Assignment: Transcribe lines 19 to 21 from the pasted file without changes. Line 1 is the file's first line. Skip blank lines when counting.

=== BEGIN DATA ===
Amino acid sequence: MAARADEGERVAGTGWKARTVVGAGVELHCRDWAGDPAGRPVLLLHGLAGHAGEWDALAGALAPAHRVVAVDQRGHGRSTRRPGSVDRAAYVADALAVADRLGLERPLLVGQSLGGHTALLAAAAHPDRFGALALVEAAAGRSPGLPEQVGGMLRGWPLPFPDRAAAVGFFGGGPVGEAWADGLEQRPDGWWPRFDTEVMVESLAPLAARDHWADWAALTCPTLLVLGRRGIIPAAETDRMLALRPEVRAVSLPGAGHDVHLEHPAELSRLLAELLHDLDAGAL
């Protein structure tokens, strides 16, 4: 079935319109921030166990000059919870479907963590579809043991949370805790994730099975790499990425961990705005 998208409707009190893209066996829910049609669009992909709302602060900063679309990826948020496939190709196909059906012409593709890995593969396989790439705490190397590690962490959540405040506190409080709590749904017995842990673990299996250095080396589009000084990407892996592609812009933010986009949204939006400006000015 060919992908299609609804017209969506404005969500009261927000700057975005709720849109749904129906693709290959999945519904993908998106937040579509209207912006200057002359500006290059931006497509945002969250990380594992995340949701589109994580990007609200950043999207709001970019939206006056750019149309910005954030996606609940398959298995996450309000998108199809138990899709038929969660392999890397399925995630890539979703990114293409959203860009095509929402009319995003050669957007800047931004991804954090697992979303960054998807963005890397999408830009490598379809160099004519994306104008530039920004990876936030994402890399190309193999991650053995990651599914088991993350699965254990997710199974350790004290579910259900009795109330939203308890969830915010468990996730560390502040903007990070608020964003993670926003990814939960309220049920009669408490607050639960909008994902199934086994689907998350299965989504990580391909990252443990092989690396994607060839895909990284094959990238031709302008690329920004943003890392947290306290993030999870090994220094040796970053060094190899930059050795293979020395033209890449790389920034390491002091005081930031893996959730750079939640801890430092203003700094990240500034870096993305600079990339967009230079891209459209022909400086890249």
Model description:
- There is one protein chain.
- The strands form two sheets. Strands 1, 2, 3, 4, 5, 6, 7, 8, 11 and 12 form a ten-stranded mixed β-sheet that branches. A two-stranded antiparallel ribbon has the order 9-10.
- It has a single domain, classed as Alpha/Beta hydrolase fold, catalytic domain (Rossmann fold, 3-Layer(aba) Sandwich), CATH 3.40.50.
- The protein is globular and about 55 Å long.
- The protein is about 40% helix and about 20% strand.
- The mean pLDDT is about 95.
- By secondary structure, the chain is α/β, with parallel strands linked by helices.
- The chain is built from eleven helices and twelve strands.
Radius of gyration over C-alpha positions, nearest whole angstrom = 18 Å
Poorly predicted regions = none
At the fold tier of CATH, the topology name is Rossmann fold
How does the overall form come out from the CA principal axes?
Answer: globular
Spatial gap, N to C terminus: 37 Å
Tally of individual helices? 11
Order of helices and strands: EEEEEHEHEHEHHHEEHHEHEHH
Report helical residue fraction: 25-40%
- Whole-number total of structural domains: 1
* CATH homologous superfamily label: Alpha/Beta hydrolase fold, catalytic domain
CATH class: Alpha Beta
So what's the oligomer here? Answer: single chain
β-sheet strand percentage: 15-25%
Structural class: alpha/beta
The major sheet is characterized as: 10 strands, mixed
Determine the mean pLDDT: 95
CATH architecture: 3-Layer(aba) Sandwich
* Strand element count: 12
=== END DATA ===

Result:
Order of helices and strands: EEEEEHEHEHEHHHEEHHEHEHH
Report helical residue fraction: 25-40%
- Whole-number total of structural domains: 1